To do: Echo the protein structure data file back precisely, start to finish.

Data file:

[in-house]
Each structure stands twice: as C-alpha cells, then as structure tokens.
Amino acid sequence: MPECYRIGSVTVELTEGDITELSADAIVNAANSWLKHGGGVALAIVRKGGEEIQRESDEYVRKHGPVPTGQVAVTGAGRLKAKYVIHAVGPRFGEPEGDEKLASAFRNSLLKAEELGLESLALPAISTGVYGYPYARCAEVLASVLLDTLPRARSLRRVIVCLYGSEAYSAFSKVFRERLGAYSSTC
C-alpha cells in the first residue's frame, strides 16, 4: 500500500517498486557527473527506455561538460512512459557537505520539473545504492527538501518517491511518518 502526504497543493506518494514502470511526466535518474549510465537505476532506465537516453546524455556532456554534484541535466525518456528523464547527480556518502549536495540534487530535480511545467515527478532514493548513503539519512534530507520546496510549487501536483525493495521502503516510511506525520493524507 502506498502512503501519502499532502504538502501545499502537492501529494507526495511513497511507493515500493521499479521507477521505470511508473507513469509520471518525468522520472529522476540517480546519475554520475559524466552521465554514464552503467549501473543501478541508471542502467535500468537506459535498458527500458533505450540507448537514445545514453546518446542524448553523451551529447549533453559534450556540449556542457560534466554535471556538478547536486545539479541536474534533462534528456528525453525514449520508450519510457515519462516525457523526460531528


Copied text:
[in-house]
Each structure stands twice: as C-alpha cells, then as structure tokens.
Amino acid sequence: MPECYRIGSVTVELTEGDITELSADAIVNAANSWLKHGGGVALAIVRKGGEEIQRESDEYVRKHGPVPTGQVAVTGAGRLKAKYVIHAVGPRFGEPEGDEKLASAFRNSLLKAEELGLESLALPAISTGVYGYPYARCAEVLASVLLDTLPRARSLRRVIVCLYGSEAYSAFSKVFRERLGAYSSTC
C-alpha cells in the first residue's frame, strides 16, 4: 500500500517498486557527473527506455561538460512512459557537505520539473545504492527538501518517491511518518 502526504497543493506518494514502470511526466535518474549510465537505476532506465537516453546524455556532456554534484541535466525518456528523464547527480556518502549536495540534487530535480511545467515527478532514493548513503539519512534530507520546496510549487501536483525493495521502503516510511506525520493524507 502506498502512503501519502499532502504538502501545499502537492501529494507526495511513497511507493515500493521499479521507477521505470511508473507513469509520471518525468522520472529522476540517480546519475554520475559524466552521465554514464552503467549501473543501478541508471542502467535500468537506459535498458527500458533505450540507448537514445545514453546518446542524448553523451551529447549533453559534450556540449556542457560534466554535471556538478547536486545539479541536474534533462534528456528525453525514449520508450519510457515519462516525457523526460531528